How to Buy an Artificial Christmas Tree: Everything You Need to Know
You've wrapped the gifts and hung the stockings by the chiminey with care. Now it's time to add the final, most spectacular centerpiece to your home's decor: the Christmas tree. Sure, you could pick out a real tree from the lot down the street. But let's face it. Your family doesn't have time or energy to maintain a real one.
The latest artificial trees save you the headache of maintaining a real tree, and they have all the trappings to make everyone go "ooh" and "aah." Before you make a decision, here are some types and features to consider when buying an artificial Christmas tree.
Full-Size Christmas Trees
A full-size tree looks like a real tree. It’s filled out and rounded to create a realistic look.
- Medium to large houses - A full-size tree is perfect for medium to large houses. This option will fill the space and give you the feel of a natural Christmas tree.
- Multiple options - If you grew up with natural trees, a full-size, artificial model will give you the option to choose between many designs, including a Dunhill Fir or a Colorado Spruce. You can also find downswept and other variations to get the specific look and feel you desire.
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Slim Christmas Trees
If you're low on space and don't want to take up a wide radius, a slim tree will fit into nearly any space.
- Apartments - In a two bedroom apartment, a slim tree will let you create the Christmas scene from your childhood, without taking up valuable floor space.
- Foyer tree - Placing a slim tree in your entryway is a great way to add some extra Christmas cheer around your home.
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Half-Wall Christmas Trees
When you need the ultimate in space-saving, a half-wall model will take up little space while still helping you deck the halls.
- Studios & one-bedroom apartments - A half-wall tree is perfect for fitting into a corner or wherever you have extra space. However, it still creates the illusion of a full tree.
- Ideal for other rooms - If you own a large house, this makes a great secondary tree. Whether it's a bedroom or the dining room, a half-wall option is a great way to add extra holiday cheer throughout the rest of your home.
When you're looking for a tree, there are three common styles to consider: pine, fir and spruce. Below is a breakdown of each.
Fir trees have needles that sprout individually on the stem. They're the most common style on the market because they tend to have a fuller, more complete look.
Like fir trees, spruces have needles that sprout individually on the stem. The biggest difference is that the needles are four sided and pointy. Luckily, artificial options aren't nearly as sharp as the real thing.
Pine trees have thinner needles that tend to be in groups of two, three or five. Some artificial pines even mimic the natural aroma that real ones have, which is always a plus.
Features of Artificial Christmas Trees
Some Christmas trees come with lights already wired onto the branches. This makes set-up much easier, allowing you to avoid the headache of untangling and stringing lights perfectly onto the tree. Here are some types of pre-lit options:
- Clear lights - Clear lights emit an elegant glow to accent the ornaments you hang on the branches.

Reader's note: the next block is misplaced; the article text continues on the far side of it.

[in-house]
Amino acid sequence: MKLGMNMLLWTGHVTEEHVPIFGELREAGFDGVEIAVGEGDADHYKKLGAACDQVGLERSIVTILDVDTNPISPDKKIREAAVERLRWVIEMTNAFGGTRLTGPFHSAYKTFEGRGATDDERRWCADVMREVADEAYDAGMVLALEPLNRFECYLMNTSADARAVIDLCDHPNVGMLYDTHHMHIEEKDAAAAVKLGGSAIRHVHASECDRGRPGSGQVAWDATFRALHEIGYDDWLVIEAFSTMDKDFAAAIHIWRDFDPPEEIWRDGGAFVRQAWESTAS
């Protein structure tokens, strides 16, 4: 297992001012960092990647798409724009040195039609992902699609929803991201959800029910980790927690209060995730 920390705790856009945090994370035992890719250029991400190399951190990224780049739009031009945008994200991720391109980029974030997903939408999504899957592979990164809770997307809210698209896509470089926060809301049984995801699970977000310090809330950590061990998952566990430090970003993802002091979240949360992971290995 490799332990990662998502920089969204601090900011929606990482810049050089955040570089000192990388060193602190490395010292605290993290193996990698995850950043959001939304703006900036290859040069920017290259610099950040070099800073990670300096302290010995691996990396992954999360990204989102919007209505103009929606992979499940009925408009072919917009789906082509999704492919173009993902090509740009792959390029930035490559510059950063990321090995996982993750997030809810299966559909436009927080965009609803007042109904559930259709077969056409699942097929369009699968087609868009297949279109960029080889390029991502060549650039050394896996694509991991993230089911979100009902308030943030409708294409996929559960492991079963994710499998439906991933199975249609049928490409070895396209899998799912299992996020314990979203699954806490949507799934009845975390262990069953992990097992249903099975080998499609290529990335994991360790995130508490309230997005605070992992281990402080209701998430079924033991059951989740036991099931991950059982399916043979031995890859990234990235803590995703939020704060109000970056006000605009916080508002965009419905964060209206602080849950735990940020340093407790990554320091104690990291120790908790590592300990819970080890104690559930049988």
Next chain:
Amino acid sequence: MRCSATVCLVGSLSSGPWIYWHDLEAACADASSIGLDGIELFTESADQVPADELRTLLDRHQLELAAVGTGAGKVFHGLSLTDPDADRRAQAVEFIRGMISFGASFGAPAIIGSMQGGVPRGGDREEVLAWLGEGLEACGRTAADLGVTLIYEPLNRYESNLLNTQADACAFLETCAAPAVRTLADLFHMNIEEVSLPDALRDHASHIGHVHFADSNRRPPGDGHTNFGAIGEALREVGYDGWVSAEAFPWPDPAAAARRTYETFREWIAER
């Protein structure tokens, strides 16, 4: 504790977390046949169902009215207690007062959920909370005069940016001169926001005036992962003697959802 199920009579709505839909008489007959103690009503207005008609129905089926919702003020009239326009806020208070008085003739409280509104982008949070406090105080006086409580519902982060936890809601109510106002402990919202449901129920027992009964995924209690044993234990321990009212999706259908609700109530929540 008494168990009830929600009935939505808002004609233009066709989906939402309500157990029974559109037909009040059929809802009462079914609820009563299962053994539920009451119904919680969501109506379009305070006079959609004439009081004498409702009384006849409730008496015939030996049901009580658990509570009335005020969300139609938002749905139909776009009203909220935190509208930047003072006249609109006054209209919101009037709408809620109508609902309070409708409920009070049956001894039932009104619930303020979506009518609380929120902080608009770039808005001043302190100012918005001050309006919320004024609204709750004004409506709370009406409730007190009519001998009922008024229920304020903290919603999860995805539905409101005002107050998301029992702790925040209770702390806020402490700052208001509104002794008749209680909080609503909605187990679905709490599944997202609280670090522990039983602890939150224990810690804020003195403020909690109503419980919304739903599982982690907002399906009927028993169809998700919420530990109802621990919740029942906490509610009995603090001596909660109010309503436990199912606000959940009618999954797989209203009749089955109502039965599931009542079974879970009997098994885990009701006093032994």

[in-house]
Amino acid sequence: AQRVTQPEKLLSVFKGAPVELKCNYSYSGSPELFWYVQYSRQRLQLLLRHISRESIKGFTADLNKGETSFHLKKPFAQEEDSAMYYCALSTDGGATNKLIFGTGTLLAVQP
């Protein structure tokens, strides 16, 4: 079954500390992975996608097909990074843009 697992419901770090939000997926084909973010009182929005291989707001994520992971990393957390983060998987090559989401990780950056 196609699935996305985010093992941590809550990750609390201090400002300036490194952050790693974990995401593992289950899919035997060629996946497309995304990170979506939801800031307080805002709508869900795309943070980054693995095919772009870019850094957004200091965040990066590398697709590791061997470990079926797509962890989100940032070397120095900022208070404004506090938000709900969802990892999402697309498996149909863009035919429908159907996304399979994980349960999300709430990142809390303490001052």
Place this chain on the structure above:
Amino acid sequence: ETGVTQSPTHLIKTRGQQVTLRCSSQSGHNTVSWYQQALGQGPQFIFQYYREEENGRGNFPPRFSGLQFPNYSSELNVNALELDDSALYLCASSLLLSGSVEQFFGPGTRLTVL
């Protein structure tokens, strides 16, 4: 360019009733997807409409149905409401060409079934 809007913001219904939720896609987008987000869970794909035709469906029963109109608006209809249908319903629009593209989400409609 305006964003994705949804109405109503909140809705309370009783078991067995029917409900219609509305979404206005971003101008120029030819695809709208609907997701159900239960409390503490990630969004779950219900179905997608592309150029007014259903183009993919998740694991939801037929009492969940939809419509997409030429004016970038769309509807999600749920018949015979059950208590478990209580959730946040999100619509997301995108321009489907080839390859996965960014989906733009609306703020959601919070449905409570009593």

- Multi-color - Multi-color lights are a great way to update the look of your standard Christmas decor. They'll give you a range of brilliant colors to give new life to your holiday.
- Color-changing - Get the best of both worlds with a color-changing model. The press of a button will let you go from standard clear to multi-color. Some even allow the lights to cycle through colors on a timer.
- Steady, chase & twinkle lights - So what are the differences between these three? Steady lights stay, well, steady. They don't blink or move. Chase and twinkle lights, on the other hand, add a little extra flair to your tree. Chase lights make it look like light is traveling throughout the strand, while twinkle lights flicker light on and off continually on each bulb.
- Green - You can find different types of artificial Christmas trees that range from a light green to a darker green. The shade will depend on the style of tree it's mimicking.
- Flocked (white) - Give yourself a white Christmas with a flocked tree. Flocked designs create the vibe of a "recent snowfall" in your living room.
- Other colors - Typically seen on tabletop trees and other small trees, you can find anything from purple to silver. These fun accent trees spice up the color of your space.
Tree Assembly Options
- Three-piece - Trees that come in three pieces make installation a snap. Simply place the base down and then stack the other two on top.
- Full assembly - These types of Christmas trees require you to screw the post together before inserting each branch individually. Although it takes more time, you have more say over how full you want the tree based on your space or personal taste.
Standard Tree Sizes & Tips
- 6-7 foot ceilings - A 5.5 feet tree will keep you from brushing the ceiling and leave enough room for the tree topper. These are perfect for small spaces and apartments.
- 8-9 foot ceilings - A 7.5 foot tree will give you enough height without being too much tree. These options are best for homes with standard size ceilings.
- Ceilings 10 feet or higher - A tree 9 feet and taller will fill your space adequately and not leave it feeling empty. This tree will fit great in rooms with vaulted ceilings or large foyers.
- Height considerations - The general rule is to leave half a foot between the top of the tree and the ceiling. When making a decision, remember that the tree topper and base add height.
- Width - It's a good rule to leave at least 3 inches between the branches and the walls around them. This gives you enough room to hang ornaments and lights. A slim model of the same height is a good solution in tight areas.